Of course the answer was yes, and Ivan was given the freedom to choose which preparation of the monkfish liver ($6.50) our table would receive. In addition, the house had uni (sea urchin), which is wrapped in nori (seaweed) atop rice ($6.25). This was of course a must-do, since every place we'd ever ordered it before had said, "Sorry, we're out." These two risky items at our table were flanked by a hearty and nose-burning Fire Cracker Roll ($8.75) and a personal favorite, unagi (crispy cooked BBQ eel over rice) sushi ($4.75).
While awaiting the cedar plank of edible gold (or terror, depending on which camp you're in), a waitress delivered a fresh salad of pickled cucumbers and bay shrimp with sesame seeds. This was just enough to whet the appetite with both sweet and salty tongue-teasers. All the choices arrived together, and it was only a matter of choosing where to begin--safe or dangerous?
© Siiri Sampson 2011. Oh Fire Cracker Roll, how I love your subtle insides and fiery outsides. Are you a firecracker because of your spices, or the way the flying fish roe bursts in my mouth?
The adventure began by easing into a piece of unagi; familiar, flavorful and easy to swallow. Hands down, it was among the top three unagi we've had in the area. Then it was on to shaking things up with the monkfish liver, again served atop rice, wrapped in nori with (we think) fresh shaved wasabi, scallions, and Sriracha sauce. Each piece had more than enough liver, and was at least a two-bite affair. The texture may have been the most difficult part about this dish: chilled, cubed, and pressed pate-like and a little on the jelly-ish side. The natural flavor was smoky and salty, and you could actually taste the sea in it. Overall a worthy endeavor, but next time we'll opt for a hot preparation to avoid any slippery-sliding action down the hatchet. We ate one of the two pieces.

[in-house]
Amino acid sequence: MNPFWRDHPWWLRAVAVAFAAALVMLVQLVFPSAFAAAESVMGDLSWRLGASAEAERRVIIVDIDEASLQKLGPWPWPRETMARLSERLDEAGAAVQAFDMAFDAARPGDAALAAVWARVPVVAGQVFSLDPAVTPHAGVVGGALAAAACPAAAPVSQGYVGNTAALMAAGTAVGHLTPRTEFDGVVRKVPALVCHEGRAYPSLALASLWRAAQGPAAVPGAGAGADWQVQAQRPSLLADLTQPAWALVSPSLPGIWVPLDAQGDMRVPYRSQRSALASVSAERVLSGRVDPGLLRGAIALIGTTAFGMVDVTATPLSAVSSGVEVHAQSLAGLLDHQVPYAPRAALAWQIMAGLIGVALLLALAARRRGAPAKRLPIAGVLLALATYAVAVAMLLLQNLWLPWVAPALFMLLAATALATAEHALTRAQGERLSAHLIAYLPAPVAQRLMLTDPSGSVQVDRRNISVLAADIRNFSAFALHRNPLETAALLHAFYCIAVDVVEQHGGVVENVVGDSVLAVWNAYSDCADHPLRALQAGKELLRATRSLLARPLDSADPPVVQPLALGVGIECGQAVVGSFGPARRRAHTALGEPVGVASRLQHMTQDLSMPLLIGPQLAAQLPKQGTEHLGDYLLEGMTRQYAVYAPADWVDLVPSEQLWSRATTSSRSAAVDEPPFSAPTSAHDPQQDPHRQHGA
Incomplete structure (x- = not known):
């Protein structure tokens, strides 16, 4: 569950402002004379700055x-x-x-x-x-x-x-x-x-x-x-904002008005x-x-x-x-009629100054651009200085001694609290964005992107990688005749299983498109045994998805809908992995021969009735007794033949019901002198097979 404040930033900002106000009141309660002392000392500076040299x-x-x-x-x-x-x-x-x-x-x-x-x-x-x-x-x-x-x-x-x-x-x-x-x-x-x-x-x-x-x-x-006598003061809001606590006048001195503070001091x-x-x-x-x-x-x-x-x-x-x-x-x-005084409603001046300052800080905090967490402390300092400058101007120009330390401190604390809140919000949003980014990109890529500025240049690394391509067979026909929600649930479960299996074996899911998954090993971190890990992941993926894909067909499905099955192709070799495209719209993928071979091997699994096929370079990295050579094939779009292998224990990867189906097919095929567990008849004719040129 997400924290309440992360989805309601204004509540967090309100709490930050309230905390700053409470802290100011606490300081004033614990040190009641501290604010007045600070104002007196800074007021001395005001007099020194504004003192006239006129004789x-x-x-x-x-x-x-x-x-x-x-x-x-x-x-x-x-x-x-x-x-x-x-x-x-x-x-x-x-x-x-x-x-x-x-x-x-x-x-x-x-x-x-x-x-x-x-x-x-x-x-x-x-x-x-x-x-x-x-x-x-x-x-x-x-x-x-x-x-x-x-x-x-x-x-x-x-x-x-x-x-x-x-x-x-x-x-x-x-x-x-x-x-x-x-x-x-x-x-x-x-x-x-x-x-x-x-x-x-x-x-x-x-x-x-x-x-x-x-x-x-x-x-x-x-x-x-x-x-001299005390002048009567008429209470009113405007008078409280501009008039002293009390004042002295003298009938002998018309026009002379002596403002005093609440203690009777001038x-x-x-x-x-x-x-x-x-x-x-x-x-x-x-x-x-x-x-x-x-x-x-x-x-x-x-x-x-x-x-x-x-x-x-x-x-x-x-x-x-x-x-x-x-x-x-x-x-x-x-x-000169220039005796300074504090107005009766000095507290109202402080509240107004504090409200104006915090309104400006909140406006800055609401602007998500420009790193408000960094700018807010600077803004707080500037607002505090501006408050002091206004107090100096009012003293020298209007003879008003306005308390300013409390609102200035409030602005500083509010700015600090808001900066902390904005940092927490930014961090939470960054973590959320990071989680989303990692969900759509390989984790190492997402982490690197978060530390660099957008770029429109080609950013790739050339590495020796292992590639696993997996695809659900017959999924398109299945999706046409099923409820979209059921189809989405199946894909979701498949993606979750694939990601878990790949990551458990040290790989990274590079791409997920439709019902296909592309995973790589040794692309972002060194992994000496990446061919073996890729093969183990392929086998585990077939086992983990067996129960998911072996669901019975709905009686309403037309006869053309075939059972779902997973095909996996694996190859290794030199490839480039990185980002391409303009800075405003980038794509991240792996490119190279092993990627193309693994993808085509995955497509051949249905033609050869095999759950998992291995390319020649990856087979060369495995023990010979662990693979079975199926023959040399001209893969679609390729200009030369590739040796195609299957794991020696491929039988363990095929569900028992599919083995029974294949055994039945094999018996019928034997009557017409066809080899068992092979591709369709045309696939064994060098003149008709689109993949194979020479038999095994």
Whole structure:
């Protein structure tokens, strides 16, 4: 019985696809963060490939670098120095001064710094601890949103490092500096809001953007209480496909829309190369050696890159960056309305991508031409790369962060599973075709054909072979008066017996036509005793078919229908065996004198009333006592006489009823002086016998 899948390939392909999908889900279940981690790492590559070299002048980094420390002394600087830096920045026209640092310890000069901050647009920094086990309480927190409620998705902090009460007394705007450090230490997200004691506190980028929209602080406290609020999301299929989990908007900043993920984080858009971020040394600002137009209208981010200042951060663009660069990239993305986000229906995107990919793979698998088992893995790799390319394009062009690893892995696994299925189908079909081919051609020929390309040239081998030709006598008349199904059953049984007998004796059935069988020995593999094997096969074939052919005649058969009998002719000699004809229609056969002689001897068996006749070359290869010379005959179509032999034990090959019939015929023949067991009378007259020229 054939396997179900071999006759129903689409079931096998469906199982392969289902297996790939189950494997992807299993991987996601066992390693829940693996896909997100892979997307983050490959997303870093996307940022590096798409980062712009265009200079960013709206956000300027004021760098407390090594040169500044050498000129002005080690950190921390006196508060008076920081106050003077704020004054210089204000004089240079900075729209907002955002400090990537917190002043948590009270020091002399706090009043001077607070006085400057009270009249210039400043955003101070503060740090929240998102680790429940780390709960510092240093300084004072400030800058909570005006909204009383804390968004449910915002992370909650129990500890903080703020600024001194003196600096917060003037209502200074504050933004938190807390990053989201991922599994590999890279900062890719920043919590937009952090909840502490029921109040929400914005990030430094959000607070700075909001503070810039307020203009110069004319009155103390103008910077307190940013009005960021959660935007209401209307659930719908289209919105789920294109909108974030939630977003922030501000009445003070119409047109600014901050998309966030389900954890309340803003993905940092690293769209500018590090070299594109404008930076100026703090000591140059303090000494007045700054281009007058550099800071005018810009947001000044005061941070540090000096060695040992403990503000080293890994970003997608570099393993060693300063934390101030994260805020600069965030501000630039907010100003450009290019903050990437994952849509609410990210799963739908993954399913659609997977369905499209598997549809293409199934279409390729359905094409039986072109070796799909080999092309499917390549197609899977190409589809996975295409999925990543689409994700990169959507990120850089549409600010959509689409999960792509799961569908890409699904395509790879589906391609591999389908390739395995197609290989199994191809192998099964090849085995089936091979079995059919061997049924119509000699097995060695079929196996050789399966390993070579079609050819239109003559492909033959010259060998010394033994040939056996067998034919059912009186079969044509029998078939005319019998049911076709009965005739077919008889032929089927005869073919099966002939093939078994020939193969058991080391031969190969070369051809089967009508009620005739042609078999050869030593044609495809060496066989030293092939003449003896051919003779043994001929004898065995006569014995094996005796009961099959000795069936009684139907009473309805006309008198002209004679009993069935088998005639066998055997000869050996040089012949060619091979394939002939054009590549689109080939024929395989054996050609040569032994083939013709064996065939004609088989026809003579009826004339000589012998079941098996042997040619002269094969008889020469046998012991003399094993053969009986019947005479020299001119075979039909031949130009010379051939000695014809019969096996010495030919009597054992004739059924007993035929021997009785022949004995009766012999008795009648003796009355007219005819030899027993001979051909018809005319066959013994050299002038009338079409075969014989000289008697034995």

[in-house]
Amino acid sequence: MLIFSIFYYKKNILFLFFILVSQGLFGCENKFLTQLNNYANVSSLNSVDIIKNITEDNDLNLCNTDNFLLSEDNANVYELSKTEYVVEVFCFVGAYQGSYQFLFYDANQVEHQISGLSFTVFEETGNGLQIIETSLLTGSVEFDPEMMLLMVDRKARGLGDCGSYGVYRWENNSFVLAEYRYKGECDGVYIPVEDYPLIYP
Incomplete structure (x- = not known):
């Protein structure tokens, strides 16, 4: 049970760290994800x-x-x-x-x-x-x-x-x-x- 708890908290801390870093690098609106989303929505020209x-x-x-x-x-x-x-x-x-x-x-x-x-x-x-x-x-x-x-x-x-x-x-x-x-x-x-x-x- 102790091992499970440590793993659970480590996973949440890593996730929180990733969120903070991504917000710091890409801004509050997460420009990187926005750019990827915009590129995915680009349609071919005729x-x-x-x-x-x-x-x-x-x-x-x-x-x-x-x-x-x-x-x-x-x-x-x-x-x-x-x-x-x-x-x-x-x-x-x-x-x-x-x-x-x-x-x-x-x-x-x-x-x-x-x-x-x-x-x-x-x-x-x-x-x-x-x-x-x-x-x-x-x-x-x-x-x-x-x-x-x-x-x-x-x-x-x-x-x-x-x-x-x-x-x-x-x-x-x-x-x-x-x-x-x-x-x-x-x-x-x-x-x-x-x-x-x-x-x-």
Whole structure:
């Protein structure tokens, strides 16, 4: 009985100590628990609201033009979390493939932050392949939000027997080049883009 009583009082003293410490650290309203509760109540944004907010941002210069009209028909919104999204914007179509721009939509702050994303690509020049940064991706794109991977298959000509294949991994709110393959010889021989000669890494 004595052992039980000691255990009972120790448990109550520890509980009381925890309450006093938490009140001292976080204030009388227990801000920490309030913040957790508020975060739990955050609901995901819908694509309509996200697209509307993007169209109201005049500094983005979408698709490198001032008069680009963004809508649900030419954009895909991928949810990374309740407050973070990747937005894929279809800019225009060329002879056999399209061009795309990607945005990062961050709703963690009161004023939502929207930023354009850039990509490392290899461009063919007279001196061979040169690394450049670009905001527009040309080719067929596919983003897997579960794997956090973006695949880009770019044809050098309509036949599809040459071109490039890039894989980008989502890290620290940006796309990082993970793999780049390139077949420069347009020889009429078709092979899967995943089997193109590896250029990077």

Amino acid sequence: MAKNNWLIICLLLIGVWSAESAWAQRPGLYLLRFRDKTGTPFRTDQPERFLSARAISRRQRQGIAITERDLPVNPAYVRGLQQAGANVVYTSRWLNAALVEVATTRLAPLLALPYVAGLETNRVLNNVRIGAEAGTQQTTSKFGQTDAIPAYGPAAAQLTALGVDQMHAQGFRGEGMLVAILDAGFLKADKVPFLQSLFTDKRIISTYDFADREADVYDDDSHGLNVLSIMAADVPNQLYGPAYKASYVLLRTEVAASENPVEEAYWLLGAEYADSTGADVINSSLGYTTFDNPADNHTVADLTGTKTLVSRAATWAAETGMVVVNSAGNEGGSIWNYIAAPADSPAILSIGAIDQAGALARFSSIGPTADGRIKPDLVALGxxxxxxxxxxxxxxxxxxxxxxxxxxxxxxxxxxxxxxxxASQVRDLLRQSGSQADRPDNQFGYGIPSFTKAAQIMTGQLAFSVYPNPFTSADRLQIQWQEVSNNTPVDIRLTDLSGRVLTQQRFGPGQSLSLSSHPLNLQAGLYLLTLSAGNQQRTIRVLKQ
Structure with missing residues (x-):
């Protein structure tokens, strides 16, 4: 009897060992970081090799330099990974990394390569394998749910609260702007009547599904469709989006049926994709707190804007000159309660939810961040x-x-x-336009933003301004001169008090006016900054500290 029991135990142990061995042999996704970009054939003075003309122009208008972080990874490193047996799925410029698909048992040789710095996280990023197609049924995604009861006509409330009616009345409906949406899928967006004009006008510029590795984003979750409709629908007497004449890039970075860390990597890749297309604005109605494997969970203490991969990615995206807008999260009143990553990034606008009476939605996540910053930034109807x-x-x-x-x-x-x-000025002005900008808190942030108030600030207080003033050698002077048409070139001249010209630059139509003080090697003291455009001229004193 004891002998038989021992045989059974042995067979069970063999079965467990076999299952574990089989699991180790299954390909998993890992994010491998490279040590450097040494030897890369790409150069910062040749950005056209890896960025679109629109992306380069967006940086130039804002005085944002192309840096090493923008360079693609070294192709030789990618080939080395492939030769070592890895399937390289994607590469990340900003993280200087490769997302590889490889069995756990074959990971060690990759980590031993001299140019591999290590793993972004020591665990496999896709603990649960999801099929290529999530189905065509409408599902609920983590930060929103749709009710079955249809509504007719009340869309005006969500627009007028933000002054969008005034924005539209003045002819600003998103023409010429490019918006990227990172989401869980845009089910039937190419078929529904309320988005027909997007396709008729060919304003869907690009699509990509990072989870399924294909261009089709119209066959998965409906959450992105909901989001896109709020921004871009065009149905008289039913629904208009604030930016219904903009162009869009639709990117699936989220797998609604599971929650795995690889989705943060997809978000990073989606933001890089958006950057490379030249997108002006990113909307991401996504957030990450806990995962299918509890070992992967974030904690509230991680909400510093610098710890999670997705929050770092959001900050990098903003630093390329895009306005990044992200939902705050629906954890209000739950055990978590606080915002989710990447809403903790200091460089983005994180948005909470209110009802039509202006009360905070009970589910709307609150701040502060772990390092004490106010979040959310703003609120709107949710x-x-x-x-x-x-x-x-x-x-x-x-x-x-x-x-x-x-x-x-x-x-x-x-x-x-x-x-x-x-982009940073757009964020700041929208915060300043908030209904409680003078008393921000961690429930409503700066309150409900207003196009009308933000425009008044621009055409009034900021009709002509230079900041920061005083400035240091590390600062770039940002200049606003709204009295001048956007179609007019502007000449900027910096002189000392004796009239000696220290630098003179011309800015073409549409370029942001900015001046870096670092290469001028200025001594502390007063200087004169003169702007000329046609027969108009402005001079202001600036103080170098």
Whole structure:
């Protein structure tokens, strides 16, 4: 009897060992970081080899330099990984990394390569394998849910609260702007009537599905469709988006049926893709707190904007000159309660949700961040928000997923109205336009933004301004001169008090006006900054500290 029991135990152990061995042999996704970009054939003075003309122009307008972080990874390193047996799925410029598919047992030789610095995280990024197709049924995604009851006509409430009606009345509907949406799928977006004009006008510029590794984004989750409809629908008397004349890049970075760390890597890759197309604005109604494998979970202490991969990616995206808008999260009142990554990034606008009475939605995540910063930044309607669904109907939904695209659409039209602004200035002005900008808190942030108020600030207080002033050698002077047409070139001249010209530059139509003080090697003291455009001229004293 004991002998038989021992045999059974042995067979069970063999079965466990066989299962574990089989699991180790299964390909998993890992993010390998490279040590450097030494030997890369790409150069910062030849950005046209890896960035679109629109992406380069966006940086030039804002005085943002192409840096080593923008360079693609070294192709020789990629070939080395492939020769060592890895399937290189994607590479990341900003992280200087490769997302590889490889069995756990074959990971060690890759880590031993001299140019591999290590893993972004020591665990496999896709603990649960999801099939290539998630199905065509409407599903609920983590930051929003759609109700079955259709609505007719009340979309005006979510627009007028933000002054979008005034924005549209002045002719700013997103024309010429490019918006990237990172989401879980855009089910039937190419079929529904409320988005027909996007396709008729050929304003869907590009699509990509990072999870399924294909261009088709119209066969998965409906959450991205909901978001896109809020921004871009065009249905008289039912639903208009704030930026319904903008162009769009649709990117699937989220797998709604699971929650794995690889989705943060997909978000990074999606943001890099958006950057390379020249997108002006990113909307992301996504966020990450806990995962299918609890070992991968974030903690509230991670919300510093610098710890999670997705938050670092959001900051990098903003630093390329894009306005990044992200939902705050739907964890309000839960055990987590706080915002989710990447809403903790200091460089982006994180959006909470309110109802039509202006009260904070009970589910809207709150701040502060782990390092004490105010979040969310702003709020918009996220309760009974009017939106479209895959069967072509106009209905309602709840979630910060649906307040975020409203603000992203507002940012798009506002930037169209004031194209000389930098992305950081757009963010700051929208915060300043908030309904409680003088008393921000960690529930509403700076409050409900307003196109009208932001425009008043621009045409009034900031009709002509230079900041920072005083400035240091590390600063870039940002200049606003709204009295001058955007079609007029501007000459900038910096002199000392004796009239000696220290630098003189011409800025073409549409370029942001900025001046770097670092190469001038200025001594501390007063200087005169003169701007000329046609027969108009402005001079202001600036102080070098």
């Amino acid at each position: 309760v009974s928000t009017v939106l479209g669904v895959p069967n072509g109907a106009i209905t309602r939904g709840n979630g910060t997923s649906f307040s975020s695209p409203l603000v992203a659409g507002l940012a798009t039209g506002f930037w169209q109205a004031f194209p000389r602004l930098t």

Following the monkfish was a few palate-cleansing slices of pickled ginger and four pieces of the Fire Cracker Roll: a tempura shrimp roll encrusted with panko and a combination of habanero and jalapeño flying fish roes. Mild flavors on the inside with a spicy, sinus-clearing crust outside. Then it was time to man up and take a taste of the uni (sea urchin). The first fatal mistake here was not asking Ivan what to expect. A lot could have been avoided by inquiring "What is the texture and flavor?" But, like amateur chumps, we just assumed it would be like a firm mousse or pate. Oh, how wrong we were--the cold patty of uni was prepared much in the same way as the monkfish liver, but was much harder to chew and swallow. It was a slippery and custardy pellet with heavy ocean flavors. Every time we tried to bite into it, it seemed to escape to the other side of our mouth. We were nearing the inevitable gag reflex in three, two, one second. Bound and determined to finish what we started, we swallowed the whole thing. This was a one-shot experience. The verdict: Uni is not for everyone, and that's just fine.
Next time we cozy up to a table for two at Ginza, we'll open the other menu, which holds more traditional (yet still adventurous) options from the hot/cooked side of the kitchen, and make sure we have dinner companions willing to go the distance with us.